The Frugal Forager: Imaginative comfort food at Schoharie’s Apple Barrel Country Store

Beverly and I have had the Apple Barrel on our “to do” list for a long time and, just the other day
The Edelweiss sandwich at the Apple Barrel in Schoharie features knockwurst, red cabbage, apple slices and cheese on a ciabatta roll. (photo: BEVERLY M. ELANDER/FOR THE SUNDAY GAZETTE)
The Edelweiss sandwich at the Apple Barrel in Schoharie features knockwurst, red cabbage, apple slices and cheese on a ciabatta roll. (photo: BEVERLY M. ELANDER/FOR THE SUNDAY GAZETTE)

The Apple Barrel Country Store, which is just a short distance off I-88 on Highway 30A in Schoharie, is a typical tourist stop in some ways with its gift shop full of local art and kitschy souvenirs to mark one’s visit to the farm country that was scarred so profoundly a year ago by Tropical Storm Irene.

What lifts it from ho-hum is its little cafe with its imaginative and comforting “applecentric” entrées for lunch — and dinner on weekends — including wonderful pies with crusts so flaky that you’re convinced lard just has to be involved. (The pies do not originate on the premises but are wisely imported from Smith’s Orchard Bake Shop in Charlton. Frankly, now that Grandma’s hung up her apron for good, where are you going to find better pies than Smith’s?)

Apple Barrel Country Store

WHERE: 115 Route 30A, Schoharie; 295-7179,

WHEN: Lunch 11 a.m.-4 p.m. every day; dinner 5:30-8 p.m. Friday and Saturday

OTHER INFO: Handicapped accessible; major credit cards accepted

COST: $44.20

Beverly and I have had the Apple Barrel on our “to do” list for a long time and, just the other day friend Karen asked if we’d tried the food there and gave it high marks. Over the Labor Day weekend, we decided to see for ourselves.

The café features a couple of housemade soups each day, along with chef’s specials for lunch. We started with soup — the Corn Chowder for Beverly and the Tuscan Summer Vegetable Sausage in a tomato basil broth for me. The small version, for $3.98, is a good-sized bowl of soup. I can’t imagine what you get if you order the large, which is $4.98. Both soups were clearly housemade and quite satisfying. They arrived hot from the kitchen, as they should, and were accompanied by oyster crackers. (I’m never quite sure what makes a vegetable soup “Tuscan,” but I suppose the tomato basil base and the sausage are clues).

I thought the chef’s specials sounded imaginative and enticing. There was, for example, a Vegetable Napoleon ($8.99), described as breaded zucchini layered with grilled summer squash, fresh mozzarella, Bermuda onion and tomato, all served on a bed of greens and topped with cucumber pesto. Endless Summer Pork ($8.99) was a sliced pork loin sandwich served open face on ciabatta with sautéed peaches and topped with a Melba sauce. It was accompanied by a housemade potato salad.

Beverly went for one of these $8.99 specials, the Fiesta Fish Taco, which was a lovely white fish with fire roasted corn salsa, lettuce and cusabi sauce, accompanied by coleslaw and the house’s own potato chips. The combination in the wrap worked well, and the Apple Barrel’s potato chips are a treat.

I was tempted by an item on the regular menu, the Edelweiss ($8.99), which is a sandwich on ciabatta bread featuring sliced knockwurst, red cabbage, slices of apples and cheese. It was a wonderful melding of flavors and textures, and I’d definitely order it again.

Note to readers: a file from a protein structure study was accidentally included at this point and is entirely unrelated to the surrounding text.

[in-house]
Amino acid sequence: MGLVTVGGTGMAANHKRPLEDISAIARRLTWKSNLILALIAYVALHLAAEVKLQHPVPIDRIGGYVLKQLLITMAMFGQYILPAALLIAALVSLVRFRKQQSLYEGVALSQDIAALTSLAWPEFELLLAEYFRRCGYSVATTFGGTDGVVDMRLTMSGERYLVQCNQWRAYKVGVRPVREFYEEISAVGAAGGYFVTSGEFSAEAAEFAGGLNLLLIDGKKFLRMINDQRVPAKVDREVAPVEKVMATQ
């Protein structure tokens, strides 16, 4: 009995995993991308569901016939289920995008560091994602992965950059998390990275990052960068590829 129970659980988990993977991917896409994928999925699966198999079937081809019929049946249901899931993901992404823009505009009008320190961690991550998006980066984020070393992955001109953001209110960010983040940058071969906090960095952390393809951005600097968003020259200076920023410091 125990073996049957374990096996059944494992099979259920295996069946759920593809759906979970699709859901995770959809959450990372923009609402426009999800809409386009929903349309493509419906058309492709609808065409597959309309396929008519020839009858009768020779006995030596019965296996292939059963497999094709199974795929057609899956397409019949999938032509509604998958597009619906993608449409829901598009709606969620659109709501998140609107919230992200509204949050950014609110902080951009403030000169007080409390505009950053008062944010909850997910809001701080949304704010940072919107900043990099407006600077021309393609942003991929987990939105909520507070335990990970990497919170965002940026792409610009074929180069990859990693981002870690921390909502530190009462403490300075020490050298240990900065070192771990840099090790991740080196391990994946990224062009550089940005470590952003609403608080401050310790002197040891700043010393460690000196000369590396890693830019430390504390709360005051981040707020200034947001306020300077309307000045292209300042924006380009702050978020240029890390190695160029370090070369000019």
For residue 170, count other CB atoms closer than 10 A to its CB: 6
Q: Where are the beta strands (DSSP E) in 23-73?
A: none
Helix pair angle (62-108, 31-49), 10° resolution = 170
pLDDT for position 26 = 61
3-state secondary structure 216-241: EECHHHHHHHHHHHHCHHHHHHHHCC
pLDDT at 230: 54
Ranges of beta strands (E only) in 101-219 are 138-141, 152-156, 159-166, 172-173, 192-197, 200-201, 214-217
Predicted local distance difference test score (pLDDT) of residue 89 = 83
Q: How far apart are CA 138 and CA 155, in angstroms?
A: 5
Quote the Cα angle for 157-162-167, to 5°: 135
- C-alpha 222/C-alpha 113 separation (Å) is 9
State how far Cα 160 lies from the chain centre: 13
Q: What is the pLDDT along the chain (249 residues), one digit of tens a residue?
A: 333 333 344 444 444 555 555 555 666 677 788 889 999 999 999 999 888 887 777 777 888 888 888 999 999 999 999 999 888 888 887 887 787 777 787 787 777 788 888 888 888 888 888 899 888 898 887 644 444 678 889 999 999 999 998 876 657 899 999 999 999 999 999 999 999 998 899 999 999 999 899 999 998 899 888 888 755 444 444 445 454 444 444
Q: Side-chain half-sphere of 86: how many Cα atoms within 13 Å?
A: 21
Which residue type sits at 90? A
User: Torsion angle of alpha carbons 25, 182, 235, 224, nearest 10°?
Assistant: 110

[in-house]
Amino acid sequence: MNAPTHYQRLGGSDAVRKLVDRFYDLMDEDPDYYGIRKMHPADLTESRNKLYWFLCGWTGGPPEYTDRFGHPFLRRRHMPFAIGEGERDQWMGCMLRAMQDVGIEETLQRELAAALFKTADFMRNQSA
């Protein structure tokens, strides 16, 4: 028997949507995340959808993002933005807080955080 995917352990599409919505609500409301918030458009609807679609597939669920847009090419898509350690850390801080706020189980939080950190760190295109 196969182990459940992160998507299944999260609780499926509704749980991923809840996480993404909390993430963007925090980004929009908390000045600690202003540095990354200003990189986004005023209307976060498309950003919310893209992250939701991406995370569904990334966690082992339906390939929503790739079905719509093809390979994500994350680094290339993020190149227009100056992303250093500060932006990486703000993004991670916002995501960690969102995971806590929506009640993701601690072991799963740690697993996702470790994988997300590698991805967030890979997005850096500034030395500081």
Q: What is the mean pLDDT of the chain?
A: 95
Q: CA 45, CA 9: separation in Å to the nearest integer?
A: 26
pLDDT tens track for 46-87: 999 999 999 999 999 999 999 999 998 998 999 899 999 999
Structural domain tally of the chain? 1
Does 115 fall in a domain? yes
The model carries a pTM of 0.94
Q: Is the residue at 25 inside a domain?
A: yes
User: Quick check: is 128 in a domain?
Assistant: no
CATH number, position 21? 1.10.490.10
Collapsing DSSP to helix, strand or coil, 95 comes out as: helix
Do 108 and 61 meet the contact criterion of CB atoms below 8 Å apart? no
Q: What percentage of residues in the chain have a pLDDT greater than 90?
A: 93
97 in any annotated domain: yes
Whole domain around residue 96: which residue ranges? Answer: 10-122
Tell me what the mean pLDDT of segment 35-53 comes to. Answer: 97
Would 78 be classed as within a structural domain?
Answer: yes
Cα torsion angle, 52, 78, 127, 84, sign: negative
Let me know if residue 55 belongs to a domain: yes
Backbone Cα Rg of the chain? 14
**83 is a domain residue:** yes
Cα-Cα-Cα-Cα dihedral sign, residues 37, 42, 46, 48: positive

The Apple Barrel’s website recommends the Gobbler’s Valley turkey sandwich, the fabulous Harvest Bounty veggie panini or the Hot Holstein roast beef wrap from the luncheon menu.


The dinner menu is a la carte and changes weekly. You can find it on the Apple Barrel’s Facebook page or you telephone for it. The most recent menu offered appetizers for $6.99 that included assorted potstickers with dipping sauces, duck drummettes with a spicy Asian sauce and Eastern Shore Crab Cake in Spicy Tomato Cream.

Soup, at $5.99, was Gloucester Seafood Chowder featuring oysters and scallops, salad (also $5.99) was fresh peaches over mixed greens with a sour cream vanilla dressing and entrées, all $18.99, were Coq au Vin over Dutch Flat Noodles with brandied Sugar Valley carrots, a marinated New York Choice Strip Steak smothered in caramelized onions and mushrooms, broccoli casserole and red bliss potato, a Panko-Breaded Fish Fillet topped with creamed crab sauce and accompanied by fire-roasted black bean corn salsa and rice, and a Roasted Pork Loin stuffed with peaches, pear and cranberries and served with broccoli casserole and red bliss potato.

A word about the café’s decor: It’s cheery and bright with window valances that match the tablecloths, views on three sides, and there’s a patio with many hanging pots of flowers, if you prefer to eat outside.

Our server, Hannah, was friendly and helpful. We asked for a piece of strawberry rhubarb pie for dessert “with two forks,” and she returned with the pie neatly sliced in half and on two plates with whipped cream.

We had unsweetened iced tea with lemon slices with our meal ($1.75) and I had coffee ($1.50) with the pie. Our tab, with tax and tip, came to $44.20.


The Apple Barrel Country Store is owned and operated by Sue and Bob Loden, and one of his paintings — a fantasy woodland scene — adorns one wall of the cafe. The country store part of the Apple Barrel offers home and garden accoutrements, as well as collectibles, jewelry, furniture, candles, specialty foods, candles and some clothing. (They were having a sale on perennials, which didn’t escape our notice, and we purchased a few on our way out for our home garden.)

Categories: Food, Life and Arts

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